The following photos of Baxter were provided by Mr. Richard Arenstrup, who purchased Baxter's family home in West Yarmouth, MA These photos appeared in "The Southwest in the American Imagination: The Writings of Sylvester Baxter, 1881-1889", by Curtis M. Hinsley (Editor), David R. Wilcox (Editor)



Sylvester Baxter Delta

Sylvester Baxter is a bit of an unsung hero for all the wonderful parks and open space he inspired around the greater Boston area. There is a brief biography of Baxter on Wikipedia, here.

The Sylvester Baxter Delta was dedicated in Malden, by the Malden Garden Club, in 1956. A report of the dedication appeared on the front page of the May 15 1956 issue of the Malden Evening News.

The Sylvester Baxter Delta is located at 42°25'48.5"N 71°05'04.8"W, where Savin Street and Fellsmere Road meet. This is near Fellsmere Park and Fellsmere Pond, areas where Sylvester Baxter found inspiration and influence. Baxter lived nearby on Murray Hill Road, as mentioned this post on "Franklin Park, a chapter from Boston Parks Guide" published by Sylvester Baxter in 1896.

Plaque re-discovered at Fellsmere Park in Malden

Sean Fisher, long-time archivist for the Department of Conservation and Recreation, recalled he took a photo of the Baxter Delta stone and plaque in 2004. This was when the Democratic National Convention came to Boston, one block away from the DCR offices. As an alternative assignment away from the office during the busy convention time, teams of DCR employees went out to photograph former MDC buildings, structures and memorials. This was part of a “reconnaissance” project to prepare a nomination of the Metropolitan Parks System parkland to the National Register of Historic Places. (The nomination process did not advance beyond the survey; and the MPS parkways were completed through a different process).

Fisher was assigned to the survey team of the North Region. Former (and now late) MDC Archaeologist Tom Mahlstedt led the North Region survey team (3-4 people were on each team depending on the day). Fisher went exploring around Fellsmere Park and Pond. During the survey, Fisher focused on photographing memorials (he had received many questions about memorials from staff and the public over the years.)

Sean discovered that for some locations, it was difficult to determine on site, if it was MDC/DCR property or not, especially at traffic circles. The Sylvester Baxter Delta and memorial intrigued him.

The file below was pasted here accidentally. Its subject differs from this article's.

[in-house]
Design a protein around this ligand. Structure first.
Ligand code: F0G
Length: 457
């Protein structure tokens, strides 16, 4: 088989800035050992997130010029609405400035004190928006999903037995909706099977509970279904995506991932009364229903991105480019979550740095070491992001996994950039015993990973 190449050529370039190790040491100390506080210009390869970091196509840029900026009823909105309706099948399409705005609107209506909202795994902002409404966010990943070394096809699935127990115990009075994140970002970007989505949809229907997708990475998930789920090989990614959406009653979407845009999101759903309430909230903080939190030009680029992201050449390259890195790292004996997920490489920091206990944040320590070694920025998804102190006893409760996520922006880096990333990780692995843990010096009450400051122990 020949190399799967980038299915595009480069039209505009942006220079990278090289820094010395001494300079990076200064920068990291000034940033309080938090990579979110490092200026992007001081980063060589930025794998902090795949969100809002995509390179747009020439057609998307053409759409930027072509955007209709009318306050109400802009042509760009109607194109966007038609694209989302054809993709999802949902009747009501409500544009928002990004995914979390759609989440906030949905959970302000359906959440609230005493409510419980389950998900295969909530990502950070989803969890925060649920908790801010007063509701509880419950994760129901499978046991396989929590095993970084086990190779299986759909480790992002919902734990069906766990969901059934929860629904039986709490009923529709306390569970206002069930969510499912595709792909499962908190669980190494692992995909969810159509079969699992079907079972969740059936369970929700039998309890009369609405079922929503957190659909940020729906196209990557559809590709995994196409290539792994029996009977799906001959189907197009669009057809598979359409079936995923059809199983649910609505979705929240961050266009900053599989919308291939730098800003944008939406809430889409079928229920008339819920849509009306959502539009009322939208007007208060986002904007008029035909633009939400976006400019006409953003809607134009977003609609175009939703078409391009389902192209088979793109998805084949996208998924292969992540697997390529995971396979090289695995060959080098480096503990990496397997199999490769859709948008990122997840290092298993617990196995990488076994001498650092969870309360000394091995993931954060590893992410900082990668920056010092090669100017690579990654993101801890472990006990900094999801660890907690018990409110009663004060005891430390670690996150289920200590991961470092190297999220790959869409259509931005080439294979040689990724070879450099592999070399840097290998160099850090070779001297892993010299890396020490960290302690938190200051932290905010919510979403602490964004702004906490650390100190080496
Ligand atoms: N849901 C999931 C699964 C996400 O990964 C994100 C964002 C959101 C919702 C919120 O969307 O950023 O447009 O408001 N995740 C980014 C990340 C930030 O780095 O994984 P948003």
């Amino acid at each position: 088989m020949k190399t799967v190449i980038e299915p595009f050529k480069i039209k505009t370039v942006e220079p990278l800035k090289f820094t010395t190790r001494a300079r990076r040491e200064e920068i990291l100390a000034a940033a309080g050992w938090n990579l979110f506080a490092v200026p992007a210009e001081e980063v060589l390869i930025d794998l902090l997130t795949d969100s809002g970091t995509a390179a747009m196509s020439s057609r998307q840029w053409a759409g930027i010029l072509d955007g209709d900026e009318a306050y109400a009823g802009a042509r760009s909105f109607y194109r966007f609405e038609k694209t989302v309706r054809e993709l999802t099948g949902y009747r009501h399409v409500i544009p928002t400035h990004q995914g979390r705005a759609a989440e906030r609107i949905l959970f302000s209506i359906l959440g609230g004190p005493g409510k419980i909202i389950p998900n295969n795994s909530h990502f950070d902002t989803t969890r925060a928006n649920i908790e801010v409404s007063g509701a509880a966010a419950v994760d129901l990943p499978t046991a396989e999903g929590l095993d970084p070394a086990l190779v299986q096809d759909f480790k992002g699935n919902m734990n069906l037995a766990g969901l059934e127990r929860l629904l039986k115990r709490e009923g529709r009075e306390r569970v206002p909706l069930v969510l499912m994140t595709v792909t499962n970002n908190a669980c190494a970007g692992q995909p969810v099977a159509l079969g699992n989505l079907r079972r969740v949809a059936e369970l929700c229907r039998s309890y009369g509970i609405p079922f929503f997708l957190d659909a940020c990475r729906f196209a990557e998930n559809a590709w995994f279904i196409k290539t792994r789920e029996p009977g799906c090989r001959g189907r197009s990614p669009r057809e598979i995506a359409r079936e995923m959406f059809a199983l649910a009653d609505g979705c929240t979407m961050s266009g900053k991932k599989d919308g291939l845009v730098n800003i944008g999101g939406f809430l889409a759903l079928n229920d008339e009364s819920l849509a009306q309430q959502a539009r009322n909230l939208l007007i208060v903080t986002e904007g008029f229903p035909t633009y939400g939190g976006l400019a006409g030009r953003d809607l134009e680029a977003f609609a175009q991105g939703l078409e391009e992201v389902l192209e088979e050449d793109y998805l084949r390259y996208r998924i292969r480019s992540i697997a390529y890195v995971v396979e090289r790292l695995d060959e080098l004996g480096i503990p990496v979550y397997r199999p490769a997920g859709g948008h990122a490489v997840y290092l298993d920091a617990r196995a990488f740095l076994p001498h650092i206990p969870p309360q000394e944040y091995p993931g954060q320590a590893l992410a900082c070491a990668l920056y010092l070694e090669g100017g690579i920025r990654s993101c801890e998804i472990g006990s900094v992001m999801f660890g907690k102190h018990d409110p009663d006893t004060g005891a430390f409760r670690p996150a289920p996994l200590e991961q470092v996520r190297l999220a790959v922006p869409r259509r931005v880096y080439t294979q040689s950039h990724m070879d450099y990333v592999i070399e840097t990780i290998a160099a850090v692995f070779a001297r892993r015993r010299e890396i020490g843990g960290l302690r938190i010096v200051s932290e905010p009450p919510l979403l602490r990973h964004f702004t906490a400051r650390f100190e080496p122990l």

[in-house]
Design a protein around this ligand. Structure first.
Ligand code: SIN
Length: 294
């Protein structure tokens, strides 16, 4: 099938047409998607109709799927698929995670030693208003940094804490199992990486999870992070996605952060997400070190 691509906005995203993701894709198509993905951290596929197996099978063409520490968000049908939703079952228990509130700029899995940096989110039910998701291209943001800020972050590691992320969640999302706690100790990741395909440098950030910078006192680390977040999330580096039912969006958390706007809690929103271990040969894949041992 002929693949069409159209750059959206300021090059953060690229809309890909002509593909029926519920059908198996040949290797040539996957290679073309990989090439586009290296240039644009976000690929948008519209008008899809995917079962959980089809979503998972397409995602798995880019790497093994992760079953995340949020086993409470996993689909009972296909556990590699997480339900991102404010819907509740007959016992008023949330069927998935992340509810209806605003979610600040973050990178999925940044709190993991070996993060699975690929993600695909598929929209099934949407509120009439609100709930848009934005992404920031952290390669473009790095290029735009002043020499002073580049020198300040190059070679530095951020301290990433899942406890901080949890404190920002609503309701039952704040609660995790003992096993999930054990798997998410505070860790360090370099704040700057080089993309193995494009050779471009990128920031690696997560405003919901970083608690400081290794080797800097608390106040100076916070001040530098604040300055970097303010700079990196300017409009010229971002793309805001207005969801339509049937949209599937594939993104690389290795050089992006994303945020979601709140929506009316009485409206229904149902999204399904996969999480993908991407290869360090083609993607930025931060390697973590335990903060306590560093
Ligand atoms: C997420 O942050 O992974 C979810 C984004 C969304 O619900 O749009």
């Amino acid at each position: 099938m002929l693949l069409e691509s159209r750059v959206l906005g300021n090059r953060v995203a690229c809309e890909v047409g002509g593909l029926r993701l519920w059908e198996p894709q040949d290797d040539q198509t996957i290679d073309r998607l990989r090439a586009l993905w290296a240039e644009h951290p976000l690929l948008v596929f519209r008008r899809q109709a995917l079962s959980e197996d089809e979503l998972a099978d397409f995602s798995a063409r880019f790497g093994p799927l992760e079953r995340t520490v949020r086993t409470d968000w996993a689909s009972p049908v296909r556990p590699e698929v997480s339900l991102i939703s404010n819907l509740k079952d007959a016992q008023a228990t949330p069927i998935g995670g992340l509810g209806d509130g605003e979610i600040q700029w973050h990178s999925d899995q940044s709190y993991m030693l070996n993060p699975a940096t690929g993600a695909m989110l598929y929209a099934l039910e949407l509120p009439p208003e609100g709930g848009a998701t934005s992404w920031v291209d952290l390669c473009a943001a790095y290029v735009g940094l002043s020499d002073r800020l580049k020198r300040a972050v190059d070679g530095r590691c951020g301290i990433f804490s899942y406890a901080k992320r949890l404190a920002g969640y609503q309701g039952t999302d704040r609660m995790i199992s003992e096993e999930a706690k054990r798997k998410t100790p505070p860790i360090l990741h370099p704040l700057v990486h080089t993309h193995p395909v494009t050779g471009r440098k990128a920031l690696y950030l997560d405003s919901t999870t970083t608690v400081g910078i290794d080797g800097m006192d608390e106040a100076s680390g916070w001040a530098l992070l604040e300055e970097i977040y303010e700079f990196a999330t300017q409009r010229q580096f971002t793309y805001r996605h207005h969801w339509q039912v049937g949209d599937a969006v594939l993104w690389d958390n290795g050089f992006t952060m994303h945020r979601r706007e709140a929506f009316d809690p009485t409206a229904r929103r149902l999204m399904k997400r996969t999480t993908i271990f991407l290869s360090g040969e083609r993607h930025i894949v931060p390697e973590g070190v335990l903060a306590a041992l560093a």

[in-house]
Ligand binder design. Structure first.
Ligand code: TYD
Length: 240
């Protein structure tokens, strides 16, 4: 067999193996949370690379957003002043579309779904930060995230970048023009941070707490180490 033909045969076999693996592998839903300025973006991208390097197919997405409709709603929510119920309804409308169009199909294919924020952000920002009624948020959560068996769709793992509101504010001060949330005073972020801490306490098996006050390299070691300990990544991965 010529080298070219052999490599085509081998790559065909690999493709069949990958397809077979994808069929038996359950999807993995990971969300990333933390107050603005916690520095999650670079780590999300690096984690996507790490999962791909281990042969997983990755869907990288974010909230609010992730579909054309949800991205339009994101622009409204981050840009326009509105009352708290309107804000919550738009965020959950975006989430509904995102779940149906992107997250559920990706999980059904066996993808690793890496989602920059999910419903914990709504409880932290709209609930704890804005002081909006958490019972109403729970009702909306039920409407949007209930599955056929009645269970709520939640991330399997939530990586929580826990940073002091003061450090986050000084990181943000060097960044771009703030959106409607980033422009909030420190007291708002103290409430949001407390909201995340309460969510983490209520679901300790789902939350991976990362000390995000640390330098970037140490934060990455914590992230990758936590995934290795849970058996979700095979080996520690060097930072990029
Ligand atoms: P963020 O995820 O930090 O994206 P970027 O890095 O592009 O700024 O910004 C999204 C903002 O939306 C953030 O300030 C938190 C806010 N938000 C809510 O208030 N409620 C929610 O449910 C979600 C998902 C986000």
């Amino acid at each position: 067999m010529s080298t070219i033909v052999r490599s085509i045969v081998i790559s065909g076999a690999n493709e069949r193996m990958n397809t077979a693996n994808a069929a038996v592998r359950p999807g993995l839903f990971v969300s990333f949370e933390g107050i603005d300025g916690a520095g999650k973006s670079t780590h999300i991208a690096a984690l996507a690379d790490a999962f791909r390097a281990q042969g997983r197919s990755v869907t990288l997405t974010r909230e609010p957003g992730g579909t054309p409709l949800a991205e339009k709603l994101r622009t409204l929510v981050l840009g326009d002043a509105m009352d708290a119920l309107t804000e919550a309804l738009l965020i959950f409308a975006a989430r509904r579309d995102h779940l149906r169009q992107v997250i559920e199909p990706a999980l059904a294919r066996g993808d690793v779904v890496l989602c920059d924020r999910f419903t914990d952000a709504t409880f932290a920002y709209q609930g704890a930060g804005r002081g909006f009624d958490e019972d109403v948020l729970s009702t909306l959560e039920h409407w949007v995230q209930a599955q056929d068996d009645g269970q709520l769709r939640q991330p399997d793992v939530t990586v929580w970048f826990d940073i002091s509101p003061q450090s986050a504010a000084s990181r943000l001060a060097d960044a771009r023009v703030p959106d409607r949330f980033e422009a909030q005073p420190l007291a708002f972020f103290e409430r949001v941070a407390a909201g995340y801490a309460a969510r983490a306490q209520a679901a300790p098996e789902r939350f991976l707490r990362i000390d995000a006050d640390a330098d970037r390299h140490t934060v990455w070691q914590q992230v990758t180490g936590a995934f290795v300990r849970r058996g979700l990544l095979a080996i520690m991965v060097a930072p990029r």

In 2004, the Sylvester Baxter Delta plaque was visible to Fisher. That's because Brian DeLacey and Lenny Merullo had discovered the stone, with plaque facedown, in about 2000. At that time, the delta was completely overgrown and the stone was barely visible. The plaque was facedown in the dirt and not visible to passersby. DeLacey discovered a story on the 1956 dedication of the delta while researching microfilm archives. DeLacey then corresponded with the City of Malden. The City eventually flipped the stone over so that the plaque could be seen as part of a citywide beautificartion project. The City of Malden also carried out significant landscaping of that delta around that time.

However, sometime after 2004, the memorial stone was once again flipped over and the plaque buried and hidden from sight. A local resident reported observing a lanscape contrator turning the stone over. The rationale seemed to be that burying the plaque would help avoid losing it to theft - yet it was nearly lost to history (once again) as a result.

DeLacey and Merullo re-discovered the stone in October 2015. Initially, they were unsure if the original stone and plaque might have been removed. (There had been reports that some plaques were removed and stored in unknown warehouses.) DeLacey and Merullo once again worked to find out what was beneath the dirt in the delta! DeLacey and Mereullo, with the helpful assitsance of a couple of curious parties passing by, turned the heavy stone rightside up and revealed the plaque buried beneath the soil. Malden's Historical Society and Historical Commission took an interest this time around, when Merullo visited their meeting and showed photos of the rediscovery. These groups then asked Malden's Mayor and Department of Public Works to establish a suitable, permanent foundation to display the Baxter stone and plaque permanently into the future.

The Sylverste Baxter Delta memorial stone and plaque now sit atop a concrete base, positioned to match its original dedication in 1956.

Fisher, like DeLacey and Merullo, was initially confused by the word ‘Delta’ used to describe this memorial. However, seeing the location of the stone explains the beautiful naming. According to Websters Dictionary, a delta is "a piece of land shaped like a triangle that is formed when a river splits into smaller rivers before it flows into an ocean" Baxter's small historic site is located as a triangular section of land where Savin Street and Fellsmere Road meet.

A modern memorial park was created in Baxter's memory during the revitalization of the Assembly Square Mall. That new park area has been written about by Garrett Dash Nelson in his essay "Searching for Sylvester Baxter"

Additional References:

"Sylvester Baxter Delta plaque re-discovered at Fellsmere Park in Malden", October 14, 2015, Malden Observer

You can find a PDF of the 10/14/15 article at this link

Malden Historical Society, Richard Pennington, Sylvester Baxter Talk 2008.

Special thanks to Stephen C. Nedell and Marilyn Glover for locating references to the Sylvester Baxter Delta dedication.